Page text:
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Ciena buys Cyan for its software smarts

Acquisition fever continues in the optical space with the news that Ciena has entered into a definitive agreement to acquire Cyan, a developer of next-generation software and platforms to enable open, agile and scalable software-defined networks.

Under the terms of the agreement, Ciena will acquire all of the outstanding shares of Cyan in a cash and stock transaction currently valued at approximately $400 million (or $335 million, taking into consideration the estimated cash held by Cyan).

Calling it “an incredibly exciting development”, Ciena says the acquisition will accelerate its strategy for virtualised networks, while also giving it access to a growing metro packet-optical hardware business that will drive meaningful revenue and a complementary base of key customers.

Cyan started out as a hardware company, launching its Z-Series metro packet-optical systems in 2009, but has more recently made a name for itself in software aimed squarely at the nascent market for software defined networking (SDN) and network functions virtualisation (NFV). Cyan’s Blue Planet software platform provides multi-vendor network and service orchestration and network management software with advanced visualisation.

Cyan’s software addresses a fundamental shift in the industry as carriers look to turn the network into a software-enabled platform that is more capable of driving on-demand business models. This shift takes optical transport vendors to rethink away from a “walled garden” model of network management and platforms towards an open ecosystem-based approach, and Cyan’s vendor agnostic approach is key.

“We have been fundamentally changing our business through openness, through software, and through an ecosystem-based approach. In doing so, essentially we are leading a transformation of the network from the delivery of pure capacity to the creation of capability on-demand. Our acquisition of Cyan is a highly-targeted investment in this direction,” explained Ciena’s CEO Gary Smith on a conference call discussing the acquisition.

This acquisition advances and accelerates Ciena’s software strategy, which started with the introduction of its OPN open architecture and was extended with the launch of its Agility software division just last year. Ciena had been on a similar development path for these offerings, the company said. However, the addition of Cyan speeds up its time to market for a complete solution, whilst expanding Ciena’s ecosystem of NFV partners, Smith added.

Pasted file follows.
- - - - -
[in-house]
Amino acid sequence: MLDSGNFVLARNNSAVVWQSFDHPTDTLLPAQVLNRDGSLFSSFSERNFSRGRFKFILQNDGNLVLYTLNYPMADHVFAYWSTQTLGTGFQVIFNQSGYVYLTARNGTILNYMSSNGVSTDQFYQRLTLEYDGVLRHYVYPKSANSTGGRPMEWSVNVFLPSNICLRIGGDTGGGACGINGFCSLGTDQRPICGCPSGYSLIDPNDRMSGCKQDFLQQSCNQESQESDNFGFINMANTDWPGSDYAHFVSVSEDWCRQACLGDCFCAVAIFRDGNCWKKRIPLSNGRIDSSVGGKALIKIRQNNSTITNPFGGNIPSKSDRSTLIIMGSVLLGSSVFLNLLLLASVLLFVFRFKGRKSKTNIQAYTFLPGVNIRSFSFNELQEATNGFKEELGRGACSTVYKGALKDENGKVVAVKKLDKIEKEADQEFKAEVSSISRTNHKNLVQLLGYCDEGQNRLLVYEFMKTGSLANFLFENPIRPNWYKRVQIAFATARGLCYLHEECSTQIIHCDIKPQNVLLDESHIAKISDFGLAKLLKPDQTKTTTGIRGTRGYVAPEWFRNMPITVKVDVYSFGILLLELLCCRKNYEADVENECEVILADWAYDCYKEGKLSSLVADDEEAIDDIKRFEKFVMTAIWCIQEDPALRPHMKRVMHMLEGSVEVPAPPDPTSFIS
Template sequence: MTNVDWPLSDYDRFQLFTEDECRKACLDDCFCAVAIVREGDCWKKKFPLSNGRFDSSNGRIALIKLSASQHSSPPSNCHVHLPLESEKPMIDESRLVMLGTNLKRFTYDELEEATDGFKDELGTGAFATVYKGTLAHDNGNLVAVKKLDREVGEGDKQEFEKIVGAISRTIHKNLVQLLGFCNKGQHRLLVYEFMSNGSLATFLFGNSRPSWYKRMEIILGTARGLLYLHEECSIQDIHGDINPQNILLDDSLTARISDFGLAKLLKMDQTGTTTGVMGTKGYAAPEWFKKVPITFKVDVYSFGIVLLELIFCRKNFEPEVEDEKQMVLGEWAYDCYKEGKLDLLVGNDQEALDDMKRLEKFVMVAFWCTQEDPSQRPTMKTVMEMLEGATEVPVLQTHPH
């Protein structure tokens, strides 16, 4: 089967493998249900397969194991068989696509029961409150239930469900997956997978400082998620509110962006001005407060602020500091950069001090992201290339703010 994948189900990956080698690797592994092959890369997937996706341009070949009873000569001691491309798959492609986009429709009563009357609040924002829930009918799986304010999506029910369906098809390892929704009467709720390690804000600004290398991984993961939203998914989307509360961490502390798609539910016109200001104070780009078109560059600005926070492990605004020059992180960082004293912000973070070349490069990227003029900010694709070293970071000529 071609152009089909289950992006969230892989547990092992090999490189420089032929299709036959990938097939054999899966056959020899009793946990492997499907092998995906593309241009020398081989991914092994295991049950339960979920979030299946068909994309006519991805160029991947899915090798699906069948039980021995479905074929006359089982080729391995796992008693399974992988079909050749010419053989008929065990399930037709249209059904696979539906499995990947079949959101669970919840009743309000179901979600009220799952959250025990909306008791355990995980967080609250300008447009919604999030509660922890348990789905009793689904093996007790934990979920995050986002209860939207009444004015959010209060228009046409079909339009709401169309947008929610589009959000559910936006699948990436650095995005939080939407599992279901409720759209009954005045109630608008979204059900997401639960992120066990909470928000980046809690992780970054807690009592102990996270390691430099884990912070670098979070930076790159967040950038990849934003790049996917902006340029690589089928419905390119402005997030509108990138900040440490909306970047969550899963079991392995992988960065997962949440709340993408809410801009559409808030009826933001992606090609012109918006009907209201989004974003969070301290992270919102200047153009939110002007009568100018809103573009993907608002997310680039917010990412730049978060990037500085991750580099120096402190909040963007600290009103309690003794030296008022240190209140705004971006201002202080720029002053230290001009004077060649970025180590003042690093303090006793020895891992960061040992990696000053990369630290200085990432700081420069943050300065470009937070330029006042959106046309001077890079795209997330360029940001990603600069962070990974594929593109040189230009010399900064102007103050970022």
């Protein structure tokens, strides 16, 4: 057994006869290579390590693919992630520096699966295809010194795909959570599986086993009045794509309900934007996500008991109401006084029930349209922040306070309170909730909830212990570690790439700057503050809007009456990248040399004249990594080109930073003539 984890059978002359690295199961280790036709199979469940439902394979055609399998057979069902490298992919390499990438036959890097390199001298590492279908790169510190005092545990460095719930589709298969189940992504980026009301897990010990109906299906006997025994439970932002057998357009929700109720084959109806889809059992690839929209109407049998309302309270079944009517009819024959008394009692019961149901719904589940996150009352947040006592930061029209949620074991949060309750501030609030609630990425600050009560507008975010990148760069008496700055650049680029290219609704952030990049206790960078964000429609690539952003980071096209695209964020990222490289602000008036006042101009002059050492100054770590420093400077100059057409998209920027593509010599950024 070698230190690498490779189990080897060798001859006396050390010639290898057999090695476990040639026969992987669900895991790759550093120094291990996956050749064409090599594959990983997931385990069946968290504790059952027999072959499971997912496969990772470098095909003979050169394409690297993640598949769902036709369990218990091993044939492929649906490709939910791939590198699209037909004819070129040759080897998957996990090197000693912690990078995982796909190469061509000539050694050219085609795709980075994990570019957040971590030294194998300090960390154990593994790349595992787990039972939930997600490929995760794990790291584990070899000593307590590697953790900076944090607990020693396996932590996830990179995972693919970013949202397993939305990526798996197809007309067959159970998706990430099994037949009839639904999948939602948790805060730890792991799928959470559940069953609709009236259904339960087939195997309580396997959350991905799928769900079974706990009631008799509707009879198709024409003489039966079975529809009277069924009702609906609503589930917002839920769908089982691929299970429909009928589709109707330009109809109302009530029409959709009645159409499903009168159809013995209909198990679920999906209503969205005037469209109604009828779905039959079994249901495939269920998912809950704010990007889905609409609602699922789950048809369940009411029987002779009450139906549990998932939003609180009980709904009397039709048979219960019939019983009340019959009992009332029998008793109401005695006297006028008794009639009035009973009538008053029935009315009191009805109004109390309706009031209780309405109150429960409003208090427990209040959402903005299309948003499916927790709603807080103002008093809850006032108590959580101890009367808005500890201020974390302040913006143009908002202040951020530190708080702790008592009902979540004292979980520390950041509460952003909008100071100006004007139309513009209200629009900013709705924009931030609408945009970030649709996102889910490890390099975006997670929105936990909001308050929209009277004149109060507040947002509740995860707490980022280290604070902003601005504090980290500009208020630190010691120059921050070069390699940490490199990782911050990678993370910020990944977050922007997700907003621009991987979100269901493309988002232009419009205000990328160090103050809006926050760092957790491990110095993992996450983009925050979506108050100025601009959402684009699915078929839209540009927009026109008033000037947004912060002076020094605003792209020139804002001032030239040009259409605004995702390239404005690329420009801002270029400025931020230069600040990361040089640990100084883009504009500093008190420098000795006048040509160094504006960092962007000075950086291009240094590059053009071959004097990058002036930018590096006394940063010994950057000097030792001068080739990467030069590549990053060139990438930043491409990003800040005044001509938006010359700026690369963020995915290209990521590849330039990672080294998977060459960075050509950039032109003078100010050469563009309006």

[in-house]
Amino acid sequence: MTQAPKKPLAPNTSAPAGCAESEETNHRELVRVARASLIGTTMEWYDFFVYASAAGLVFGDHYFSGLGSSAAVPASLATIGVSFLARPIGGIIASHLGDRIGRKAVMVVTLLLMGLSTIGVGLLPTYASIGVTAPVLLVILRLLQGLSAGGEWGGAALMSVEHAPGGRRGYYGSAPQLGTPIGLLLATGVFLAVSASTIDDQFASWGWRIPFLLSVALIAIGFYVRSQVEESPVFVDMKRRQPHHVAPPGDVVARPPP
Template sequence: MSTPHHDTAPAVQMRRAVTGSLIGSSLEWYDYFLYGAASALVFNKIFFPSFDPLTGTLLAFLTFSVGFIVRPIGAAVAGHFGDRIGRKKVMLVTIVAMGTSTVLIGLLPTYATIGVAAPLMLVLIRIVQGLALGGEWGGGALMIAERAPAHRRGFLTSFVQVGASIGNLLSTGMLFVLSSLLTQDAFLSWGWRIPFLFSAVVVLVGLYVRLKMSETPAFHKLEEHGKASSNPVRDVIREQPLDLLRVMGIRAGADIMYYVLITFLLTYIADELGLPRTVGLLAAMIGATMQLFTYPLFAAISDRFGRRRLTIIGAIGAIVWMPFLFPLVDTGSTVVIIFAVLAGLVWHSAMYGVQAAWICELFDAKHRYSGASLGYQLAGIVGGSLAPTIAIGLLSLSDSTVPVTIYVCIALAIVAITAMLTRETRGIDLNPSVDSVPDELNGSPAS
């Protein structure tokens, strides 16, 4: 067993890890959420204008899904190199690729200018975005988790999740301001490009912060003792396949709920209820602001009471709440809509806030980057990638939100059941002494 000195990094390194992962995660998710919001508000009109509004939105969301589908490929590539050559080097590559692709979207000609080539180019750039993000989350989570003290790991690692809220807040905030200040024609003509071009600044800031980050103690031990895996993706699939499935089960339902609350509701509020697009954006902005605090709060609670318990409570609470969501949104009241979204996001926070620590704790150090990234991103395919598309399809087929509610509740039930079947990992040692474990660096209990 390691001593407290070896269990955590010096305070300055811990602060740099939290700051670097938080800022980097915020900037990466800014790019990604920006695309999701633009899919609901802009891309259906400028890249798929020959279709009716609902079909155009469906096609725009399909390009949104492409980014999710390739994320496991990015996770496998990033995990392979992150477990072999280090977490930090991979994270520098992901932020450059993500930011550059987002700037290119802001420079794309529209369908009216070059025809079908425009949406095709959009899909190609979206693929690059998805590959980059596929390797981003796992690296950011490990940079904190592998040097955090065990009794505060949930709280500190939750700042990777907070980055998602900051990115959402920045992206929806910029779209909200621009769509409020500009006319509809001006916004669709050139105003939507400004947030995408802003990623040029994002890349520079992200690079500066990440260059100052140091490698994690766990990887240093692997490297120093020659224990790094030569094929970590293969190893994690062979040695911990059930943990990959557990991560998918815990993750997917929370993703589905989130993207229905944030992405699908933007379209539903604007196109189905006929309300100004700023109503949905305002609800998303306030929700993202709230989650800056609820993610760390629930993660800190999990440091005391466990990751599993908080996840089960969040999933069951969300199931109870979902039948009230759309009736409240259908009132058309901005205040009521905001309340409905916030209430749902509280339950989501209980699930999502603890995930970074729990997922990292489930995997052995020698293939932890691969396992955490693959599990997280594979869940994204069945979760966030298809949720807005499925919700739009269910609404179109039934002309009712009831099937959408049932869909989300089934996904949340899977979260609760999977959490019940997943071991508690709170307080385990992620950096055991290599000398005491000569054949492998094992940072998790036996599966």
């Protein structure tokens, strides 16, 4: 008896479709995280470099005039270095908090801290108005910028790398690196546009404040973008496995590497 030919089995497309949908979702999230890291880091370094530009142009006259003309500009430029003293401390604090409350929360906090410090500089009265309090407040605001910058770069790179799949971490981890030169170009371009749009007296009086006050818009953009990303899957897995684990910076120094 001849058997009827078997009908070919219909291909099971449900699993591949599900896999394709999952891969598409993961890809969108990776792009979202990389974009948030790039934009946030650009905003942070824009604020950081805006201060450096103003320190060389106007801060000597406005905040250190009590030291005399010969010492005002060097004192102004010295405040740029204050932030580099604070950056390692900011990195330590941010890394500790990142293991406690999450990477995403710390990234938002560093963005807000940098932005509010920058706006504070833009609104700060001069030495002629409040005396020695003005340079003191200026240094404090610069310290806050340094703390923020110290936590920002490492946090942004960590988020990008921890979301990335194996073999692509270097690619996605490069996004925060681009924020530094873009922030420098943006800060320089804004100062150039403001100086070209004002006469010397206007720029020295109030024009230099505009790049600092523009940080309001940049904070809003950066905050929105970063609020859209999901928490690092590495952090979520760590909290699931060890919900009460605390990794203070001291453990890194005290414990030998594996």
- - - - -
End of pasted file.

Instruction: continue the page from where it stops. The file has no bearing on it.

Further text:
The company did note that Ciena’s own platforms have not yet been fully integrated with Cyan’s Blue Planet software – something that no doubt will soon be rectified.

From Cyan’s perspective, Ciena provides it with a more scalable route to market. “Our strong NFV platform, operational scale and support, global channel and customer relationships, particularly with Tier 1 and web-scale providers, all comprise a logical complement to Cyan's strengths,” said Ciena’s Smith.

Cyan seems pleased with the deal. “Ciena and Cyan share the common belief that disruptive innovations and a customer-first approach are key ingredients to enable network transformation,” said Mike Hatfield, president of Cyan. “We are confident that our combined efforts will accelerate this transformation adding significant value for our customers.”

When the deal closes, Cyan shareholders will receive the equivalent of 0.224 shares of Ciena common stock for each Cyan share that they hold, 89 per cent delivered in Ciena common stock and 11 per cent in cash based on the value of Ciena common stock at closing. This values Cyan at $4.75 per share of common stock based on Ciena’s 20-day volume weighted average price up to 1 May, representing a 30 per cent premium over Cyan's closing price on the same day of $3.65.

In connection with the acquisition, Ciena will assume Cyan’s $50 million in outstanding amount of 8.0% Convertible Senior Secured Notes that were issued last December and due 2019.

The transaction is expected to close during Ciena’s fiscal fourth quarter 2015 and is subject to the usual regulatory approvals as well as approval by Cyan stockholders. The boards of directors of both Ciena and Cyan have approved the transaction, and certain officers and directors and affiliated stockholders collectively holding over 40% of the outstanding shares of Cyan, have signed voting agreements committing to support the deal.



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